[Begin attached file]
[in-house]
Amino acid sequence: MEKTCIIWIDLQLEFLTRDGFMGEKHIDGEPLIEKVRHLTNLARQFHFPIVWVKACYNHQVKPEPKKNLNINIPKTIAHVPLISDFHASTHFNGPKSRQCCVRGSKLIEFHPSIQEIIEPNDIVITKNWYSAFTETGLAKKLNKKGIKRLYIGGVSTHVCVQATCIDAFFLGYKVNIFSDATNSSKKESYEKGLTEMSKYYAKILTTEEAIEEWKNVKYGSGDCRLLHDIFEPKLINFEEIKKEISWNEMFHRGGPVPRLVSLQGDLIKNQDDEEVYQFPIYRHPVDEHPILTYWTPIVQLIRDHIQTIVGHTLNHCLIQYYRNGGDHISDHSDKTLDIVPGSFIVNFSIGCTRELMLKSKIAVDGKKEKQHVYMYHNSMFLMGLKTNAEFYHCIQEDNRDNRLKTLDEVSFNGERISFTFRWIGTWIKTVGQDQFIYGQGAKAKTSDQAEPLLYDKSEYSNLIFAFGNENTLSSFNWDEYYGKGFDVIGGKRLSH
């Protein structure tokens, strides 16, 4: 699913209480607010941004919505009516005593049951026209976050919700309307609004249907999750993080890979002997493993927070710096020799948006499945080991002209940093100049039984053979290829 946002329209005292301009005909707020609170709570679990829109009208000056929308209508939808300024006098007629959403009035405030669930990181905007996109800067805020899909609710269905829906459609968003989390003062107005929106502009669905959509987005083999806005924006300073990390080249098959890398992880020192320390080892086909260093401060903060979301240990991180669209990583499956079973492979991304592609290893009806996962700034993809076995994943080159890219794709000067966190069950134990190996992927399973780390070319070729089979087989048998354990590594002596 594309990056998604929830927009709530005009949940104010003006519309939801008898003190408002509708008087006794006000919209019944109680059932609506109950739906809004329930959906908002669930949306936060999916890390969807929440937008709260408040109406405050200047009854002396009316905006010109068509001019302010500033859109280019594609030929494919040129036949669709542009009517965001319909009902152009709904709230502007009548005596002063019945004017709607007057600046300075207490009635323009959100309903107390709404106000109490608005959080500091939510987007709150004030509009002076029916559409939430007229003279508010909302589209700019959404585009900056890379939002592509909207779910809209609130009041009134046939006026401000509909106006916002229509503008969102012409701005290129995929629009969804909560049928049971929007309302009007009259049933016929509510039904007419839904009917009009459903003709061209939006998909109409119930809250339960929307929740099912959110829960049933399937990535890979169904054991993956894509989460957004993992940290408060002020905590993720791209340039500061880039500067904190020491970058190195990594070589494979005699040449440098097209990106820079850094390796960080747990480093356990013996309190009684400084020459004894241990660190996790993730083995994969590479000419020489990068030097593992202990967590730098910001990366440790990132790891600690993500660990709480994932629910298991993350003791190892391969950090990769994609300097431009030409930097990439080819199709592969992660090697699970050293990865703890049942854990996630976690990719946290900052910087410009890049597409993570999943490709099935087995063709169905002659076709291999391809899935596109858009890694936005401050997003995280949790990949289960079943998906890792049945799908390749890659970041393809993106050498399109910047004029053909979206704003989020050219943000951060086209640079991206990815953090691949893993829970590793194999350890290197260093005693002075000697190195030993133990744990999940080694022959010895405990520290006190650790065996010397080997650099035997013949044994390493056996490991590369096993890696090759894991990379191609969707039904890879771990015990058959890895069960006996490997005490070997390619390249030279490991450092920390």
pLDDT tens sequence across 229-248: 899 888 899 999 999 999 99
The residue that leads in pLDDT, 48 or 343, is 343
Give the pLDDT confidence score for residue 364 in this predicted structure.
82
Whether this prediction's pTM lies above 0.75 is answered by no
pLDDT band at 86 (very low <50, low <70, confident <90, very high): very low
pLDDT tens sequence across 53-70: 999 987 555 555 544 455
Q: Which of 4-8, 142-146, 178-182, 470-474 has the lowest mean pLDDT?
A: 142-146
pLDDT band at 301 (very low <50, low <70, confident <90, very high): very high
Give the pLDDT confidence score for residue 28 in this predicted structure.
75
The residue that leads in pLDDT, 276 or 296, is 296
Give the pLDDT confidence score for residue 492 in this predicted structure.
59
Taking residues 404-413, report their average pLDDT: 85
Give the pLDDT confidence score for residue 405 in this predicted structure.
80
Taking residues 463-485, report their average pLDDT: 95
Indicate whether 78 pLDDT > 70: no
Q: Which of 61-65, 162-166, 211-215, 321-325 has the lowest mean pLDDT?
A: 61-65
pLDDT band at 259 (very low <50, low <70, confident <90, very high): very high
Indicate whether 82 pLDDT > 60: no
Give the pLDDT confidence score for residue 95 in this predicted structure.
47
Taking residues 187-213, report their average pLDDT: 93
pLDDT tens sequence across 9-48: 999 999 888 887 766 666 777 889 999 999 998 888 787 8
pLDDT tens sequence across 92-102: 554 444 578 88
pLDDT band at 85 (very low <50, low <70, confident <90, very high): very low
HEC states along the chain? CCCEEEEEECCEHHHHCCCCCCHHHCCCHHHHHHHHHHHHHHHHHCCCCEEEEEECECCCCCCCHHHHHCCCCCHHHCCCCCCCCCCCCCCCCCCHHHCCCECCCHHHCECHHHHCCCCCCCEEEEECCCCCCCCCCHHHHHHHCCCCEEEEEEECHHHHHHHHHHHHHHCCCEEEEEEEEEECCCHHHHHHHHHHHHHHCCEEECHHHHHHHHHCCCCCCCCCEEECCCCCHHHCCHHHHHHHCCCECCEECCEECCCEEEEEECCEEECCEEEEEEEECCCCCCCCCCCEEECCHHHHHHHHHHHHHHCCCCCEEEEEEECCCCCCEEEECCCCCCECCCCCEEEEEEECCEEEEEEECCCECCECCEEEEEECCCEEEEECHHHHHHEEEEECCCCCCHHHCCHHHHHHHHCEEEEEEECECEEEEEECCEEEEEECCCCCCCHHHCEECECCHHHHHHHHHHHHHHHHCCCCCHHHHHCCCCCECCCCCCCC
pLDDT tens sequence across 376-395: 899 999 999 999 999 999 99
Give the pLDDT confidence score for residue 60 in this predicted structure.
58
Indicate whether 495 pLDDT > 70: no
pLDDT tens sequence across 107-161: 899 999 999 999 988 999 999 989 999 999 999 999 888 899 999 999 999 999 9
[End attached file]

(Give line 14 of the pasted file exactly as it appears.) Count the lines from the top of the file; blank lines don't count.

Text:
Give the pLDDT confidence score for residue 28 in this predicted structure.